An hour after receiving the formal disciplinary notice, Jordan was transferred to a different-and allegedly tedious and menial-position in a different department.1 The company did not permit him in this new position to continue to act as steward for his former department.2
The relevant portion of the collective-bargaining agreement reads as follows:
"Stewards shall report to their immediate supervisors and request permission to leave the job before leaving work to conduct Union Business. Permission will always be granted, unless such action would seriously interfere with operations. In such instances, the supervisor will make arrangements for the Steward to leave the job as promptly as possible.
Stewards will be allowed to conduct their Union business within their regularly established working hours, within their assigned areas of representation. Union business for this purpose is defined to mean the investigation of complaints that may lead to grievances, handling and adjustment of grievances, and attendance at meetings with representatives of the Employer."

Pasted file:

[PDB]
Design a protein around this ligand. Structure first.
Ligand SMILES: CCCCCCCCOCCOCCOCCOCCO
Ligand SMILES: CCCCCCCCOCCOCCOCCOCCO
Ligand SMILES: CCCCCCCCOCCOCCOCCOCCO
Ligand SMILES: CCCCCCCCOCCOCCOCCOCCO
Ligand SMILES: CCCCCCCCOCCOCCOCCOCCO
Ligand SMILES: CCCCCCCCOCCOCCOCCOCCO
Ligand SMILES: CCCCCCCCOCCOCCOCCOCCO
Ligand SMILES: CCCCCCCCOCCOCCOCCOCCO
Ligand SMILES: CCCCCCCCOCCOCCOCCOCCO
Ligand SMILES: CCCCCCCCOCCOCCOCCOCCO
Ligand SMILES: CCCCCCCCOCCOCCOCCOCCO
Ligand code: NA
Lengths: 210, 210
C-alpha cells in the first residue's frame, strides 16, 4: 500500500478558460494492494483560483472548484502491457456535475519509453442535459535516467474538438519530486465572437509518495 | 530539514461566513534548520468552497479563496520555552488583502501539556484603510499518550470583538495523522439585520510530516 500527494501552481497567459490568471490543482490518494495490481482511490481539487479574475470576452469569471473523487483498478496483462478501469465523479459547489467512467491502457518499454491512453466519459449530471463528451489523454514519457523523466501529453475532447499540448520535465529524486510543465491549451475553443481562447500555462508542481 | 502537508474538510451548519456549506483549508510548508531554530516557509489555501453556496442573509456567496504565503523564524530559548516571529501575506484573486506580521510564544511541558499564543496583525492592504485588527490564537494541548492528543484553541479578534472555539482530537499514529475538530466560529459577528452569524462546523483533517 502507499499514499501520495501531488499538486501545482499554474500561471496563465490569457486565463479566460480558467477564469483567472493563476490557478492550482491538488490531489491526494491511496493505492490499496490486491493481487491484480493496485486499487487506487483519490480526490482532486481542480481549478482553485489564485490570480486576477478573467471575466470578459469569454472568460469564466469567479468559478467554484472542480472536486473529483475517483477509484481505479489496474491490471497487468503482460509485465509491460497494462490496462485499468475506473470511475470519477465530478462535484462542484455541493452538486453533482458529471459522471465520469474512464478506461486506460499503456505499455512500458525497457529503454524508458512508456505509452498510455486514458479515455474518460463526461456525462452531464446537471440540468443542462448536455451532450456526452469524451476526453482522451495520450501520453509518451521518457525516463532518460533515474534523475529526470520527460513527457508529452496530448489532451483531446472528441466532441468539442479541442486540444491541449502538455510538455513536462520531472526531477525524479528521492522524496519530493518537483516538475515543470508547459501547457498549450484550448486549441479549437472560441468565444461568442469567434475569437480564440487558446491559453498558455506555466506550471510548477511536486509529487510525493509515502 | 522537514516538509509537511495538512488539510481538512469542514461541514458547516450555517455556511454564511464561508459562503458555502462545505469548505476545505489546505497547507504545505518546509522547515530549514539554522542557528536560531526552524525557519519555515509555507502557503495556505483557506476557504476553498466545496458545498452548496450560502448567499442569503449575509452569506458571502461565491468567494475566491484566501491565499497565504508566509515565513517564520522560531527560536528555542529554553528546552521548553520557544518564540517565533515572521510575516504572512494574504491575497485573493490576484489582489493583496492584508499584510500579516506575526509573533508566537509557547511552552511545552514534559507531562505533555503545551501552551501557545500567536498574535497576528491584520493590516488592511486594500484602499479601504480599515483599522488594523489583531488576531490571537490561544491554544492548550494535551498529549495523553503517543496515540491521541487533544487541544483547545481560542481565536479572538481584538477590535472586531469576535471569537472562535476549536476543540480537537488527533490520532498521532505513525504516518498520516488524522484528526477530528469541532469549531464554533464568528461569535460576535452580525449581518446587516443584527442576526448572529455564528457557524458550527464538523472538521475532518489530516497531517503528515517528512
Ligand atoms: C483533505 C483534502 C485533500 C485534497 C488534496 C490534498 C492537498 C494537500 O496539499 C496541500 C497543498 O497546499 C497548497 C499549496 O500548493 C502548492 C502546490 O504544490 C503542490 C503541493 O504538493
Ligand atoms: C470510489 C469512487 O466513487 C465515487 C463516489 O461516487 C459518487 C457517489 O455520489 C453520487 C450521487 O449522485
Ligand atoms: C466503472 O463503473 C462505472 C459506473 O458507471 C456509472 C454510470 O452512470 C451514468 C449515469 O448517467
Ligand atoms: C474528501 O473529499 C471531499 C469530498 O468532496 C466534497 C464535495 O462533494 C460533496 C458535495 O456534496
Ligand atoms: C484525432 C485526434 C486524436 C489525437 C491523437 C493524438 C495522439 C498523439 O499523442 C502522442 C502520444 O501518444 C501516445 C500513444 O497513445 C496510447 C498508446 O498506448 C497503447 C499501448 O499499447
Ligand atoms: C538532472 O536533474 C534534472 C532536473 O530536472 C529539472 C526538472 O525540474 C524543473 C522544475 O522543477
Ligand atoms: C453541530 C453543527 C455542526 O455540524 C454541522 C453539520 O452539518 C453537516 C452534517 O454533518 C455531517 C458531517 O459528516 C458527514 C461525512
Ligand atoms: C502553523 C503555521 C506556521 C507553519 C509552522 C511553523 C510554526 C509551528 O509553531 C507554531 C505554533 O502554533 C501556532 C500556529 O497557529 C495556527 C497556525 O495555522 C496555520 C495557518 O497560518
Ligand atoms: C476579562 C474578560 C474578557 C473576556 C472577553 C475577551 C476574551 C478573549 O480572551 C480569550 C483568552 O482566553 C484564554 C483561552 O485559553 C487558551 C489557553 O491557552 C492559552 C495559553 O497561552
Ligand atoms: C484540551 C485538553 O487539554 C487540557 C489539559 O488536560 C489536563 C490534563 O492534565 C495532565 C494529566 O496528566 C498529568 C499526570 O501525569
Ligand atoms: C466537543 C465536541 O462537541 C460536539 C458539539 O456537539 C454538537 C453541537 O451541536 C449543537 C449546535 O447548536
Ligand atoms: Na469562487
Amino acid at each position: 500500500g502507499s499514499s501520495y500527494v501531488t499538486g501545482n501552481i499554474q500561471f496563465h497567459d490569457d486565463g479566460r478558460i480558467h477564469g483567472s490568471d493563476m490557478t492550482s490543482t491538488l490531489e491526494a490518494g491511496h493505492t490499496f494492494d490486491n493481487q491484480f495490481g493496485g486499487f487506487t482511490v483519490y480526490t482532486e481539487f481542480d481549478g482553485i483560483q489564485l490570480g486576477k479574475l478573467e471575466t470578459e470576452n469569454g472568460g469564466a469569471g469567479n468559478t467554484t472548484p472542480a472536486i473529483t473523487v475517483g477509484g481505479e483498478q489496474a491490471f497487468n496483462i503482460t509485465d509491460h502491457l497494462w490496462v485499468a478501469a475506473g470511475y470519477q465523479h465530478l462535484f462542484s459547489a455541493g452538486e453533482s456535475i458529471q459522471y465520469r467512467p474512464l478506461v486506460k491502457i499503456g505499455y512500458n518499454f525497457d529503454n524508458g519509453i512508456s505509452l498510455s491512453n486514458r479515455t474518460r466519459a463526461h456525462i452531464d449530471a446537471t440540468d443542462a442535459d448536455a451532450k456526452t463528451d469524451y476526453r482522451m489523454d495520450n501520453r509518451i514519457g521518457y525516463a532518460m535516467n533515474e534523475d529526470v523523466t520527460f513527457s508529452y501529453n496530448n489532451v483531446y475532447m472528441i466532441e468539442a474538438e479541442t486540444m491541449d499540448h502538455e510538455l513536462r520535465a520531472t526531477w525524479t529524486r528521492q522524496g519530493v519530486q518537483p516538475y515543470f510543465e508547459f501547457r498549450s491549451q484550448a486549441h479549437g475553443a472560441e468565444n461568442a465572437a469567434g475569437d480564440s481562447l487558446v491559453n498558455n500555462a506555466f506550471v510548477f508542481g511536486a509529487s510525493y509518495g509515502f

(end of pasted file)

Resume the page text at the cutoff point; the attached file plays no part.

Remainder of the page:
The Board ruled that if the right of stewards to engage in specific protected activity is to be forbidden by agreement, the agreement in this respect must speak with clarity. It concluded that the agreement here did not clearly forbid stewards from initiating complaints on behalf of others or in soliciting them to file grievances. We agree.